Here at Signal Sciences, our Product and Technology teams adhere to three core product principles for our next-gen WAF: Data Insights, Ease of Use, and Visibility. These principles ensure we’re designing and building the right product to solve our customers’ issues and needs to protect their web apps and APIs. (Note, too, that our Technology Group encompasses Engineering, Product and Support – a trio that together work to provide and uphold a strong customer-centric experience).
Today, we’re going to cover all three as we unveil Timeline, our new feature that gives you the distilled picture of the beginning, middle, and end of a blocked attack.
Condensing Data into Concise, Actionable Insights
If you follow Signal Sciences and recall our founding story, we lived in the trenches as CISOs, CTOs, and product owners when facing the problems of protecting our web apps and APIs. To get a good picture of what was going on against our apps, we’d have to open a number of browser tabs – one into our SIEM system, one into our web logs, and so on — just to piece together a rough sketch (see Image 1). The WAFs we were using didn’t provide a whole lot of details into the alerts they fired — but just indicated that something triggered a signature. There wasn’t a “jumping off point” to start further investigations.
Logs: the old way
That’s exactly why we set out to provide this curated event timeline. Our customers can see a simple story of an attack on one page without having to build their narrative themselves. We show in one view the details of the attack, what happened, what was blocked, what signal was involved, and the origin of the the attack (see: image 2).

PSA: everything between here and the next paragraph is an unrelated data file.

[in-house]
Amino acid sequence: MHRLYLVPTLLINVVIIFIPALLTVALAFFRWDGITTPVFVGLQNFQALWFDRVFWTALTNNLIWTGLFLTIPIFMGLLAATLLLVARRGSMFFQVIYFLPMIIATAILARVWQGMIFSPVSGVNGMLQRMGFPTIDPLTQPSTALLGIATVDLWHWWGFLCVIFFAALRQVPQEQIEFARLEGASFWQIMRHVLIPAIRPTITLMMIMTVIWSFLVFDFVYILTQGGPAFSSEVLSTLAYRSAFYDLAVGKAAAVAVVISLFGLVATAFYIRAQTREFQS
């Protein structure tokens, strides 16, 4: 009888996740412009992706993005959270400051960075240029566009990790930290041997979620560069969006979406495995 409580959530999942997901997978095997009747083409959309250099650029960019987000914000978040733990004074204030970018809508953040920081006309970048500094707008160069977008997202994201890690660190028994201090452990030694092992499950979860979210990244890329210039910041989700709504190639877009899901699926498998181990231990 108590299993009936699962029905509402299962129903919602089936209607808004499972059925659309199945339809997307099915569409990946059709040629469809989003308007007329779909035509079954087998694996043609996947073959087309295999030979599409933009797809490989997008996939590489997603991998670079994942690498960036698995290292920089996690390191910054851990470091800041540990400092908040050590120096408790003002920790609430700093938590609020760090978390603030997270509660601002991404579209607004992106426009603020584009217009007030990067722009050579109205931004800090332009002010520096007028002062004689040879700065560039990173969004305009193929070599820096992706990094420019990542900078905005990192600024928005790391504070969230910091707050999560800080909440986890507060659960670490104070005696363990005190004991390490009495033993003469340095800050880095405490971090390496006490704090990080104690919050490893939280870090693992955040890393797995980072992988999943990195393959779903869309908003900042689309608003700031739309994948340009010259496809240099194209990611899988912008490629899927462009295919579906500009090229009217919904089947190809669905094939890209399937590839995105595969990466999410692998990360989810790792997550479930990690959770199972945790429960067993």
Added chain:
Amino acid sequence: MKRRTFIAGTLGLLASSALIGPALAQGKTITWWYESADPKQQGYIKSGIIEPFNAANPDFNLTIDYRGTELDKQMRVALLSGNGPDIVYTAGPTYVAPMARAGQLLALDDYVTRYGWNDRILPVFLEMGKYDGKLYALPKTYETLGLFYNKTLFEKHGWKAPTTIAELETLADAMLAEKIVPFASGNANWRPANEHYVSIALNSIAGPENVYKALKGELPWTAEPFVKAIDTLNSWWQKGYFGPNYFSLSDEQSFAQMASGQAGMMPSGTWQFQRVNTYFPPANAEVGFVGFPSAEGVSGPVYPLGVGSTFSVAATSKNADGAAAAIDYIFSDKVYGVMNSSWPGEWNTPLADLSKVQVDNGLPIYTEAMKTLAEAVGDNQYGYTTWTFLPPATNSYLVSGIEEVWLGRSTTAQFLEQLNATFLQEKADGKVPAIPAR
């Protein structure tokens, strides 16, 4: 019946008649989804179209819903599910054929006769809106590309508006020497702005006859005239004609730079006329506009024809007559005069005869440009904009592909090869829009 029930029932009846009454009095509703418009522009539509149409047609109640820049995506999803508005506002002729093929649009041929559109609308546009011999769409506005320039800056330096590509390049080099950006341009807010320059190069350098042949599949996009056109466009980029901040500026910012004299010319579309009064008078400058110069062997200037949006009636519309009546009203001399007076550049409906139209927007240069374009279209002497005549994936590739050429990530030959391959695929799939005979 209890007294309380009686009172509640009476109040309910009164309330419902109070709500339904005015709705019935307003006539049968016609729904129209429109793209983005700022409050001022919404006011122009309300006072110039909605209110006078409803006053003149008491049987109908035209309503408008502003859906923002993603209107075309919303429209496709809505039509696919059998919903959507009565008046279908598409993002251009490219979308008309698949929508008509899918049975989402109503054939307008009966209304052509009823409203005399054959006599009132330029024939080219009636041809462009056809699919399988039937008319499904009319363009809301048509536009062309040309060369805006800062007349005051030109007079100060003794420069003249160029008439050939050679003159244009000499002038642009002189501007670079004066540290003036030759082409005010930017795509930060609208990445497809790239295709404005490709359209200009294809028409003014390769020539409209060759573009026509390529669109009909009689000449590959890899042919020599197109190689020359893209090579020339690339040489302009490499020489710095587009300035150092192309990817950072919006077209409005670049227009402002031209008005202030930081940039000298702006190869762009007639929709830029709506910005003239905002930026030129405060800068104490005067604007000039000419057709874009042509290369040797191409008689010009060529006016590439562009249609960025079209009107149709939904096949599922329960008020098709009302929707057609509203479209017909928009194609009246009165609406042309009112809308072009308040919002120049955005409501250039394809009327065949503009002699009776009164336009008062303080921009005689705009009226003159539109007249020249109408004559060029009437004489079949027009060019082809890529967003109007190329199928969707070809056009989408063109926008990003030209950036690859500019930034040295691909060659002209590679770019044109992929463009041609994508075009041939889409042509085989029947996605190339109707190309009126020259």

Timeline: the New Way
Let’s break down the components of our Timeline:
Details of the attack
Timeline shows you the summary, with links to dig right into the details. No more “blocked: security policy” vague alerts. Our details are unrivaled in the industry – and turn a security product into a developer tool.
Where the attack came from
See the country of origin of the malicious IP.
What signal was involved
Signal Sciences provides many out-of-the box signals that immediately populate in our Console’s Dashboards – attack signals like attack tooling, SQLi, command execution, and many others. You can also create your own signals for pretty much anything you like – mapping particular API endpoints, large response sizes and times, and so on. In our Timeline feed, we show which signals triggered the event and action.
What triggered the event
Rather than wondering what actions took place, we show in the singular Timeline view what Signal Sciences action was. We’ll show how many requests from a given source we saw to trigger an event, causing a “flagged” IP.
What actions Signal Sciences took
We take a lot of pride in the fact that 95% of Signal Sciences customers run our product in blocking mode for their production sites. By showing the explicit action we took via the attack signal and origin details, we gain confidence from the user to use us in blocking mode. Depending on your preferences, we can show that we logged or blocked subsequent requests from a flagged source.
Many alert systems leave teams wondering, “Is this attack still going on?” We answer definitively by showing “Blocking Active Event” or “Flag Expired.”
Different status explanations provide clear details
Now here’s where we crank things up
We’re constantly feeding this type of anonymized event data into our intelligent,decision making algorithms in our Cloud Engine to form unique insights (see Image 3). This means when malicious traffic we’ve seen elsewhere on our network makes its way to your site, we tell you. More announcements around these exclusive insights coming soon!
Signal Sciences alerts you to malicious activity we’ve seen elsewhere in our network with a “Signal Sciences Network” signal.